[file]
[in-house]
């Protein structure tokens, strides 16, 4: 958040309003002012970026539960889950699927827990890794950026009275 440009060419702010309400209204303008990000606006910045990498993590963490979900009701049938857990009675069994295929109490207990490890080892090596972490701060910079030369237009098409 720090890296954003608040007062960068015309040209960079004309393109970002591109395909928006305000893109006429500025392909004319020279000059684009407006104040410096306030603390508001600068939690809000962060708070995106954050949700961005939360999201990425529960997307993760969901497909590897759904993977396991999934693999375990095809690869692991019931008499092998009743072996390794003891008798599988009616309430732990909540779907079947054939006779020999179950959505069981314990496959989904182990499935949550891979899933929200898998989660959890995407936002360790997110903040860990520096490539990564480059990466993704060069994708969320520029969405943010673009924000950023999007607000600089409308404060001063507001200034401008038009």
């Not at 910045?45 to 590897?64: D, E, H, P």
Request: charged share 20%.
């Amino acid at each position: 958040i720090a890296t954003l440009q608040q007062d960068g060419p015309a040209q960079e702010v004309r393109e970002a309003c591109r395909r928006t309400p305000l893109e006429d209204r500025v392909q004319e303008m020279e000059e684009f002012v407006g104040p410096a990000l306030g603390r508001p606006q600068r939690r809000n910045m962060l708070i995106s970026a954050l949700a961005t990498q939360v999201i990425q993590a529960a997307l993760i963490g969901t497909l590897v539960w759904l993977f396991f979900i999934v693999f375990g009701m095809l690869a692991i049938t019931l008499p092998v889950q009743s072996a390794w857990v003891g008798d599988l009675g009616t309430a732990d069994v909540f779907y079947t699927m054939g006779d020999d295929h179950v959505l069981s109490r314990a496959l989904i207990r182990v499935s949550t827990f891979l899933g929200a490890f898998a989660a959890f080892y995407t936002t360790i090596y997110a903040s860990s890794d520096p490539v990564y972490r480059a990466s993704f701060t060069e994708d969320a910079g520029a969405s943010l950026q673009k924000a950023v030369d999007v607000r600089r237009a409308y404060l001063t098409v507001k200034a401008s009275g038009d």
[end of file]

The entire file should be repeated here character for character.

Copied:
[in-house]
């Protein structure tokens, strides 16, 4: 958040309003002012970026539960889950699927827990890794950026009275 440009060419702010309400209204303008990000606006910045990498993590963490979900009701049938857990009675069994295929109490207990490890080892090596972490701060910079030369237009098409 720090890296954003608040007062960068015309040209960079004309393109970002591109395909928006305000893109006429500025392909004319020279000059684009407006104040410096306030603390508001600068939690809000962060708070995106954050949700961005939360999201990425529960997307993760969901497909590897759904993977396991999934693999375990095809690869692991019931008499092998009743072996390794003891008798599988009616309430732990909540779907079947054939006779020999179950959505069981314990496959989904182990499935949550891979899933929200898998989660959890995407936002360790997110903040860990520096490539990564480059990466993704060069994708969320520029969405943010673009924000950023999007607000600089409308404060001063507001200034401008038009």
């Not at 910045?45 to 590897?64: D, E, H, P």
Request: charged share 20%.
């Amino acid at each position: 958040i720090a890296t954003l440009q608040q007062d960068g060419p015309a040209q960079e702010v004309r393109e970002a309003c591109r395909r928006t309400p305000l893109e006429d209204r500025v392909q004319e303008m020279e000059e684009f002012v407006g104040p410096a990000l306030g603390r508001p606006q600068r939690r809000n910045m962060l708070i995106s970026a954050l949700a961005t990498q939360v999201i990425q993590a529960a997307l993760i963490g969901t497909l590897v539960w759904l993977f396991f979900i999934v693999f375990g009701m095809l690869a692991i049938t019931l008499p092998v889950q009743s072996a390794w857990v003891g008798d599988l009675g009616t309430a732990d069994v909540f779907y079947t699927m054939g006779d020999d295929h179950v959505l069981s109490r314990a496959l989904i207990r182990v499935s949550t827990f891979l899933g929200a490890f898998a989660a959890f080892y995407t936002t360790i090596y997110a903040s860990s890794d520096p490539v990564y972490r480059a990466s993704f701060t060069e994708d969320a910079g520029a969405s943010l950026q673009k924000a950023v030369d999007v607000r600089r237009a409308y404060l001063t098409v507001k200034a401008s009275g038009d």